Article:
but the date of his death is not recorded. The John Preston referred to in ‘Calendarium Inquisitionum post mortem’ (iv. 244) in 1444–1445 may have been his elder son John, a clergyman, who in 1414–15 had received a grant of Sandal church from the prior of St. Pancras. His younger son, Richard, succeeded him in the Preston estate, and married Jacobine, a daughter of Middleton of Middleton Hall, near Kirkby Lonsdale. His descendants acquired the manor of Furness, and one of them, John, was created a baronet in 1644, being killed next year in fighting for Charles I. On the death of his second son, Sir Thomas, in 1710, the title became extinct.
[Foss's Judges of England; Nicolson and Burn's Hist. of Westmorland, i. 211, 240, 241; Devon's Issue Roll, p. 261.]
PRESTON, Sir JOHN (d. 1616), of Fentonburns and Penicuik, lord president of the Scottish court of session, is stated to have been the son of a baker (Brunton and Haig, Senators of the College of Justice, p. 235), who was also a town councillor of Edinburgh, and is mentioned in 1582 as dean of guild (Reg. P. C. Scotl. iii. 516). Not improbably he was related to the Prestons of Craigmillar, for on 13 Jan. 1584–5 he was one of the sureties in a bond of caution by David Preston of Craigmillar (ib. p. 716) [see Preston, Sir Simon]. The son was admitted advocate at the Scottish bar at least before 20 Oct. 1575, and, from his frequent appearances in connection with cases before the privy council, must have early acquired an important practice (cf. ib. vols. iii. and iv. passim). In 1580 he was one of the commissioners of Edinburgh, and he was also one of the assessors of the city. On 8 March 1595 he was elected an ordinary judge of the court of session, and he was admitted on the 12th. His name first appears at a sederunt of the privy council on 24 Nov. 1596 (ib. v. 332). The same year he was, along with Edward Bruce, commendator of Kinloss, named king's commissioner to the general assembly of the kirk (Calderwood, v. 412). On 4 March 1596–7 he was appointed a commissioner ‘to conclude upon the form and circumscription of a new coinage’ (Acta Parl. Scot. iv. 113; Reg. P. C. Scotl. v. 369), and on 4 May 1598 he was chosen a commissioner to treat of matters concerning the Isles (ib. p. 455). On 31 Oct. 1598 he was appointed to the important office of collector and treasurer of the new augmentations; and in this capacity he served on a large number of commissions (cf. Reg. P. C. Scotl. vols. v. and vi. passim). On 2 Oct. 1601 he was named one of eight commissioners to assist the treasurer in the administration of his office (ib. vi. 292). In recognition of his services the king, on 10 Feb. 1601–2, conceded to him and his wife, Lilias Gilbert, the lands of Guthrie in the county of Midlothian (Reg. Mag. Sig. Scot. 1593–1608, entry 1296), and on 30 March 1604 the lands, barony, castle, &c., of Penicuik and various other lands in the same county (ib. entry 1528).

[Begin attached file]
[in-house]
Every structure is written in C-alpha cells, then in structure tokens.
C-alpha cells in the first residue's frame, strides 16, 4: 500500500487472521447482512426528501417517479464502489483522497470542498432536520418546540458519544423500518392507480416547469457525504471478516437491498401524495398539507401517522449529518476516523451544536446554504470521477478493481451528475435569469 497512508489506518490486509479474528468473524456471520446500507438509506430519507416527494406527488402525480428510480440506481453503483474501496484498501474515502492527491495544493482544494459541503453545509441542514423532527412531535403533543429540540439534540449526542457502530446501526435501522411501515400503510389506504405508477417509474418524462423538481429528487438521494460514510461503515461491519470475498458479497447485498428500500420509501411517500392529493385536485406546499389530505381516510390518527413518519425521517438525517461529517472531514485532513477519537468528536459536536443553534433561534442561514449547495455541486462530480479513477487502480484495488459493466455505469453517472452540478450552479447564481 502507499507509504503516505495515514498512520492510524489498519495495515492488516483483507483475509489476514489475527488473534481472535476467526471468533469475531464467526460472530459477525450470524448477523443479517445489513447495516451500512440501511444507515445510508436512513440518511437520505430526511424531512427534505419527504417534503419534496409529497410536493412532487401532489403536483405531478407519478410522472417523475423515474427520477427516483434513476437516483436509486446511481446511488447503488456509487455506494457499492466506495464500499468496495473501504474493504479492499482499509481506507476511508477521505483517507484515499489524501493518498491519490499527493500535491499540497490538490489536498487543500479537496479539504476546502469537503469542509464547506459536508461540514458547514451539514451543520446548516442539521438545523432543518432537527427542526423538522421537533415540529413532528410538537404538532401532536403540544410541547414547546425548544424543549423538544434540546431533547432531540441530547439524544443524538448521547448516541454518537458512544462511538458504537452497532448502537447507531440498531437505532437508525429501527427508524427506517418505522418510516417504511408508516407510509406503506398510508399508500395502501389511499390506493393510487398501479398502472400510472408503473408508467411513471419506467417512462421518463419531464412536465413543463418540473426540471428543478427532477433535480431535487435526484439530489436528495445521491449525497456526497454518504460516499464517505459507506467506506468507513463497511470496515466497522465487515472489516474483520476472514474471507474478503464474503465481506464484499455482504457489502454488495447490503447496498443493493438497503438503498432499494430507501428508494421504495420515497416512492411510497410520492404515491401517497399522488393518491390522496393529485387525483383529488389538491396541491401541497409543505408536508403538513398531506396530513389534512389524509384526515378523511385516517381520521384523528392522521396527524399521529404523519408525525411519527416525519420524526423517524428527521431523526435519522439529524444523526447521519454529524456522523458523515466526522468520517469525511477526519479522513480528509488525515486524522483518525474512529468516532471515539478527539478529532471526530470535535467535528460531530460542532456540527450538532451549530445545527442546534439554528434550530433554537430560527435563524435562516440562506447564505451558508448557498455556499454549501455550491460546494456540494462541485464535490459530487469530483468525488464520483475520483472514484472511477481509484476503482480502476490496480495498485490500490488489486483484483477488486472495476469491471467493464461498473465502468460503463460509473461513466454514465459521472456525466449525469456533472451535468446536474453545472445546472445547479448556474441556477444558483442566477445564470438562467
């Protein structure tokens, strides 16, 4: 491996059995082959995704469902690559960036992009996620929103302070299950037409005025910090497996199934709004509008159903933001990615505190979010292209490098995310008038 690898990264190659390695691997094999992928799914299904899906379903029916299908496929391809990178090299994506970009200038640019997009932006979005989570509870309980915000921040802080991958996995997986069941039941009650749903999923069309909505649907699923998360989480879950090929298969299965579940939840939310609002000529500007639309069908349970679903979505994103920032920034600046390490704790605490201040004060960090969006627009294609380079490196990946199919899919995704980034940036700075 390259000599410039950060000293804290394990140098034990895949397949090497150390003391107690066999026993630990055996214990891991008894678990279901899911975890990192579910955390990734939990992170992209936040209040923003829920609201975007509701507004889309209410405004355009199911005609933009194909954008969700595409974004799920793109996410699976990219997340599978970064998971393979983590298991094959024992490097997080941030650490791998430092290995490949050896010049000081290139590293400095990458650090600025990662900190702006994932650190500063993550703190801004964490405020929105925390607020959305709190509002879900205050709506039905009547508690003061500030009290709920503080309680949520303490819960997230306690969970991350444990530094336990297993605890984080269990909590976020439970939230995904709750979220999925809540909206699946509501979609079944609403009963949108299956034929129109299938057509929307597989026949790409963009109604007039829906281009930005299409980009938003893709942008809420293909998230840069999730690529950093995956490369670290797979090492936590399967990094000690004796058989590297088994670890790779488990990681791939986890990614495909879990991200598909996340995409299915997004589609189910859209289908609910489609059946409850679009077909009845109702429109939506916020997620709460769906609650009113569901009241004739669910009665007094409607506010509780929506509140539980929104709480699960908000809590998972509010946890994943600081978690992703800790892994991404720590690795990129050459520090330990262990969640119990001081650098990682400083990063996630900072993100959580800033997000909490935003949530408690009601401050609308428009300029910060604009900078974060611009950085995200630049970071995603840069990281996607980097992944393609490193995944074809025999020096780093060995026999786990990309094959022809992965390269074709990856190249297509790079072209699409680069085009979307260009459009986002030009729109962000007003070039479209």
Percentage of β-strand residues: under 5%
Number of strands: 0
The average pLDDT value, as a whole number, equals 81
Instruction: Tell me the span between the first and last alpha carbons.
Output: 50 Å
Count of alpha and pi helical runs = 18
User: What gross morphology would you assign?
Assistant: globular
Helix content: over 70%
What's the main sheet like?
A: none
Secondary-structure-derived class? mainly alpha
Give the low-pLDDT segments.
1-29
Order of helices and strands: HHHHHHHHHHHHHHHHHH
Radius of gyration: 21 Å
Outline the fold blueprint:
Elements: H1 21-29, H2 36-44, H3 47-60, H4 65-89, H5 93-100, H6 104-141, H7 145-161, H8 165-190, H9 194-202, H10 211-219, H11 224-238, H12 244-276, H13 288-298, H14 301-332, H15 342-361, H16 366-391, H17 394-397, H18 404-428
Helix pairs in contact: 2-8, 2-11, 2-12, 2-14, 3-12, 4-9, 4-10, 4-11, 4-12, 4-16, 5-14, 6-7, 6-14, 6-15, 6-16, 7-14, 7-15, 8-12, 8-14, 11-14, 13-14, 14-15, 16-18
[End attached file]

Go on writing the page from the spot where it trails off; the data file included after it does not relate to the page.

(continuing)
Preston was one of the assessors at the famous trial in 1606 of the ministers concerned in holding the Aberdeen assembly. In the parliament held in the same year there were ratified to him pensions from the king amounting to 1,087l. 10s., and twenty-four bolls of meal yearly from the feu duties of the abbeys of Jedburgh, North Berwick, Holywood, Haddington, and others. He was elected vice-president of the court of session on 23 Oct. 1607, to act in the absence of Lord Balmerino, the president; was one of the assessors at the trial of Balmerino in 1608; and, on Balmerino's removal from the presidentship, was, on 6 June 1609, chosen to succeed him. On 4 May 1608 he was appointed one of a commission for searching the chests left by jesuits in the Canongate (ib. viii. 281–2); and on 6 Feb. 1609 he was named one of a royal commission to consult with and advise the king as to the best means of assuring the king's peace in the Isles, and for planting ‘religion and civilitie’ there (ib. p. 142). He was one of the members of the reconstructed privy council chosen in February 1610 (ib. 815), and of the court of ecclesiastical high commission appointed on the 15th of the same month (Calderwood, vii. 58); he was also a joint commissioner to the general assembly of the kirk held in June of the same year (ib. p. 104). On 24 July he was nominated one of the assessors to the commissioner, Lord Roxburghe, for the trial of English pirates (Reg. P. C. Scotl. ix. 16). On 15 Nov. he was named one of six assessors to the Earl of Dunbar, and the treasurer-depute in the business of the conjoint offices of the treasurership, the collectorship, and the comptrollership, and also one of a royal commission of exchequer (ib. p. 85); and on 4 Dec. it was ordained that, notwithstanding his demission of the offices of treasurer of the new augmentations and collector of thirds of the benefices—incorporated in the office of the treasurership—he should be continued a member of the privy council (ib. p. 94). About the end of April 1611 he was appointed one of a council of eight—called the New Octavians—in whom the offices of the treasurership, the collectorship, and the comptrollership were vested (Calderwood,